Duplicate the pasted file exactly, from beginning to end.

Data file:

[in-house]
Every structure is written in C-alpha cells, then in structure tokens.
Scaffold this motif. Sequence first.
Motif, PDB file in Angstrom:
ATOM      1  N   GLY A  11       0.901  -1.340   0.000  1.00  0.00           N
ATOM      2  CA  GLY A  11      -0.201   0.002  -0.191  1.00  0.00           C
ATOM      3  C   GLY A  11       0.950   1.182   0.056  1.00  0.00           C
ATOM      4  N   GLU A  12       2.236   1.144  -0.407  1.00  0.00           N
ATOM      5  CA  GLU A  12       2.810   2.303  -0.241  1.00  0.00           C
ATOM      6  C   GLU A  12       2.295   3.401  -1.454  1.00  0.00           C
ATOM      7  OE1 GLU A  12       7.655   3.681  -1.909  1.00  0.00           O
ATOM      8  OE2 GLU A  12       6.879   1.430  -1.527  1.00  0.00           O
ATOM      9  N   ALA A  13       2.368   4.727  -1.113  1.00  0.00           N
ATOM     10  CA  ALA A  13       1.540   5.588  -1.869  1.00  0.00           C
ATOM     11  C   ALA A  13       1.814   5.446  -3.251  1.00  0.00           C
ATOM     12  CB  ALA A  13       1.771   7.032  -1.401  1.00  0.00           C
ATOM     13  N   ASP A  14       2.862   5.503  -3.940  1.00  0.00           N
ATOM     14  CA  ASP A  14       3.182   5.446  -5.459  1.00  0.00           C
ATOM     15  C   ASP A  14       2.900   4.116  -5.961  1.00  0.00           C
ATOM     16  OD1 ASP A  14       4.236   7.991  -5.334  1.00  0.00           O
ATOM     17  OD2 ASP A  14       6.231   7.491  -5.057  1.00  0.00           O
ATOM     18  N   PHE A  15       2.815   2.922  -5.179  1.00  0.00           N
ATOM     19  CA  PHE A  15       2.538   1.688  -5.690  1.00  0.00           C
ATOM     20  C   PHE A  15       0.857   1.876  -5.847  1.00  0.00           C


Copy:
[in-house]
Every structure is written in C-alpha cells, then in structure tokens.
Scaffold this motif. Sequence first.
Motif, PDB file in Angstrom:
ATOM      1  N   GLY A  11       0.901  -1.340   0.000  1.00  0.00           N
ATOM      2  CA  GLY A  11      -0.201   0.002  -0.191  1.00  0.00           C
ATOM      3  C   GLY A  11       0.950   1.182   0.056  1.00  0.00           C
ATOM      4  N   GLU A  12       2.236   1.144  -0.407  1.00  0.00           N
ATOM      5  CA  GLU A  12       2.810   2.303  -0.241  1.00  0.00           C
ATOM      6  C   GLU A  12       2.295   3.401  -1.454  1.00  0.00           C
ATOM      7  OE1 GLU A  12       7.655   3.681  -1.909  1.00  0.00           O
ATOM      8  OE2 GLU A  12       6.879   1.430  -1.527  1.00  0.00           O
ATOM      9  N   ALA A  13       2.368   4.727  -1.113  1.00  0.00           N
ATOM     10  CA  ALA A  13       1.540   5.588  -1.869  1.00  0.00           C
ATOM     11  C   ALA A  13       1.814   5.446  -3.251  1.00  0.00           C
ATOM     12  CB  ALA A  13       1.771   7.032  -1.401  1.00  0.00           C
ATOM     13  N   ASP A  14       2.862   5.503  -3.940  1.00  0.00           N
ATOM     14  CA  ASP A  14       3.182   5.446  -5.459  1.00  0.00           C
ATOM     15  C   ASP A  14       2.900   4.116  -5.961  1.00  0.00           C
ATOM     16  OD1 ASP A  14       4.236   7.991  -5.334  1.00  0.00           O
ATOM     17  OD2 ASP A  14       6.231   7.491  -5.057  1.00  0.00           O
ATOM     18  N   PHE A  15       2.815   2.922  -5.179  1.00  0.00           N
ATOM     19  CA  PHE A  15       2.538   1.688  -5.690  1.00  0.00           C
ATOM     20  C   PHE A  15       0.857   1.876  -5.847  1.00  0.00           C